On Wednesday, The Sheridan Press featured an article that drew parallels between women of Wyoming’s past to women of Wyoming’s present. Many of our state’s movers and shakers are women who blazed trails for the rest of us.
What was fun for me, in particular, was watching our reporter Chelsea Coli reach out to women across the state to conduct interviews for the article. Each woman she spoke with, it seemed, recommended another woman worthy of recognition. Of course, each of them could not be discussed in the article, but the instinct the individuals had to share the spotlight made me smile.
In another example of people celebrating women, I soaked in the newsfeed of Facebook on Wednesday. The day, which was celebrated by many as International Women’s Day, prompted many of the people I follow on social media to share photos of or news articles about the women they look up to. It was so much fun to learn about all of these amazing people in our world.
I understand that not everyone supports International Women’s Day. That’s their choice. After all, many say, we have no International Men’s Day. We all choose to celebrate and act on different passions. That diversity of thought is what makes us so strong, though it may feel like it is also what divides us some days.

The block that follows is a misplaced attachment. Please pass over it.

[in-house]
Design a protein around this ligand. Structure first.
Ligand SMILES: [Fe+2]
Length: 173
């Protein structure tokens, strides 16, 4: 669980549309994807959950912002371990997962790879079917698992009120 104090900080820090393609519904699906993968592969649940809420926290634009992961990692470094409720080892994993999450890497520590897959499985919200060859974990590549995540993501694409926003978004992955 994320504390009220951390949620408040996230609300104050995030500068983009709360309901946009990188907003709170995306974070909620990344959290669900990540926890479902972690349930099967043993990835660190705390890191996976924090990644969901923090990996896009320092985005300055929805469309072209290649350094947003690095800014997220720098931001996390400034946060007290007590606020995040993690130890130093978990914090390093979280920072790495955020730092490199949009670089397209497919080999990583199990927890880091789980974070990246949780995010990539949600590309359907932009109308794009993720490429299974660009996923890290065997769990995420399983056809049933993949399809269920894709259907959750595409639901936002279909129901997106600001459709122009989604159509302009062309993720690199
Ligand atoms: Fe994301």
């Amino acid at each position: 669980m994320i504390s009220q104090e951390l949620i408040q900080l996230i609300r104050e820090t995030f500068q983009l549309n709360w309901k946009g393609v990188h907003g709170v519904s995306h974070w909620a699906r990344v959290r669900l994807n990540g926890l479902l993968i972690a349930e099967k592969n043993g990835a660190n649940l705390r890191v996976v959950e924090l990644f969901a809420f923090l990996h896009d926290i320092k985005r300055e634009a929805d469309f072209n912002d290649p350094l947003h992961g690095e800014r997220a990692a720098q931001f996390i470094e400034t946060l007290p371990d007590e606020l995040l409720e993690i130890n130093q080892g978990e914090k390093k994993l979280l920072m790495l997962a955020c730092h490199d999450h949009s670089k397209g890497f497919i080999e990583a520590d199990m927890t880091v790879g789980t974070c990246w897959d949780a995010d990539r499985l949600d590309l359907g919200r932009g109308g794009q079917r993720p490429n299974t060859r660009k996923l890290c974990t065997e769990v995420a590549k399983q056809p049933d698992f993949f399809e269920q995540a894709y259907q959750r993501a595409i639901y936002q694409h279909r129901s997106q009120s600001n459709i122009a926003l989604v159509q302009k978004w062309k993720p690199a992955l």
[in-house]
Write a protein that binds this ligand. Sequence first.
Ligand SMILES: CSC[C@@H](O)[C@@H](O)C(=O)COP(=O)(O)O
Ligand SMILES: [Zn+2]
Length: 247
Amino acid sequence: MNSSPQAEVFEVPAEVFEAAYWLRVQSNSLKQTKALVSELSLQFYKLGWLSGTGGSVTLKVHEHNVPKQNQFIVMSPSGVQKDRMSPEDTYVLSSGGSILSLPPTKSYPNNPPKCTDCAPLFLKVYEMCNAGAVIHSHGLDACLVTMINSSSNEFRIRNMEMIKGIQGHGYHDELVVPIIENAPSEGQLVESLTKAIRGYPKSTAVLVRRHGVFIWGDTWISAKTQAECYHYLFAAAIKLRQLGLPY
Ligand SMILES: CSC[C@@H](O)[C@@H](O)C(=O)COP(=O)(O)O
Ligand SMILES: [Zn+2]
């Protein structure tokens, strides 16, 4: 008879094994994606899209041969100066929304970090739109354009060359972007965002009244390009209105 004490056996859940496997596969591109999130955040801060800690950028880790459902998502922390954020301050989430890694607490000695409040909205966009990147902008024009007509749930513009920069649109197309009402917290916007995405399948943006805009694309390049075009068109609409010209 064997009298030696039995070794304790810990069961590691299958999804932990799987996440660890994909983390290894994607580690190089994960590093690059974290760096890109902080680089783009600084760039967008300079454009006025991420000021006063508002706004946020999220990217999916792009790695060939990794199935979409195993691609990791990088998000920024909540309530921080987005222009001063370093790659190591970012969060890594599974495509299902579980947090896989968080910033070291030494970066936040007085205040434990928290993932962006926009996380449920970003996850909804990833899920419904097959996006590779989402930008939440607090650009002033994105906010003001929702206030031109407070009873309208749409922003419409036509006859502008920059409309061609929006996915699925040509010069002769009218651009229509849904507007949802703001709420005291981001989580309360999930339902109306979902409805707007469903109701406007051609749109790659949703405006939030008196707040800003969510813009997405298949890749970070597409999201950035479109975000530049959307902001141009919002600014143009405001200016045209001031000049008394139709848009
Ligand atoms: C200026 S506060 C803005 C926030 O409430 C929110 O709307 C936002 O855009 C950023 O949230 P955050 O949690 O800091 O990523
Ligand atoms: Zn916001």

As The Sheridan Press and the committee organizing the event prepares for the fifth annual FAB (For. About. By.) Women’s Conference on April 28, I look forward to reading about the wonderful women in our community. The nominations for the FAB Woman of the Year award are due March 24 — just two weeks away. Each year, a diverse set of women have their names submitted to be considered. They have included nonprofit leaders, mothers, young professionals and business owners. Some fell into a combination of those categories while others stood outside them. All were worthy of our admiration.
I’ve had people ask me, why a women’s conference? My initial reaction is “why not?” But the root of that question has often revolved around another, “Why single out one subset of individuals in our community for recognition?” In other words, why not just a “Sheridan County Person of the Year” award?
I often respond to the inquiry by referencing a number of groups that focus on one cause or another and pointing out that by narrowing our focus, we can better serve an audience. It’s the same reason groups like political parties, nonprofit organizations, businesses and events often market themselves toward a particular group of individuals. Narrowing your focus helps you tackle issues or promote causes that are simply massive.
As one of our CiViC Leadership Program trainers said repeatedly, you can only eat the elephant one bite at a time.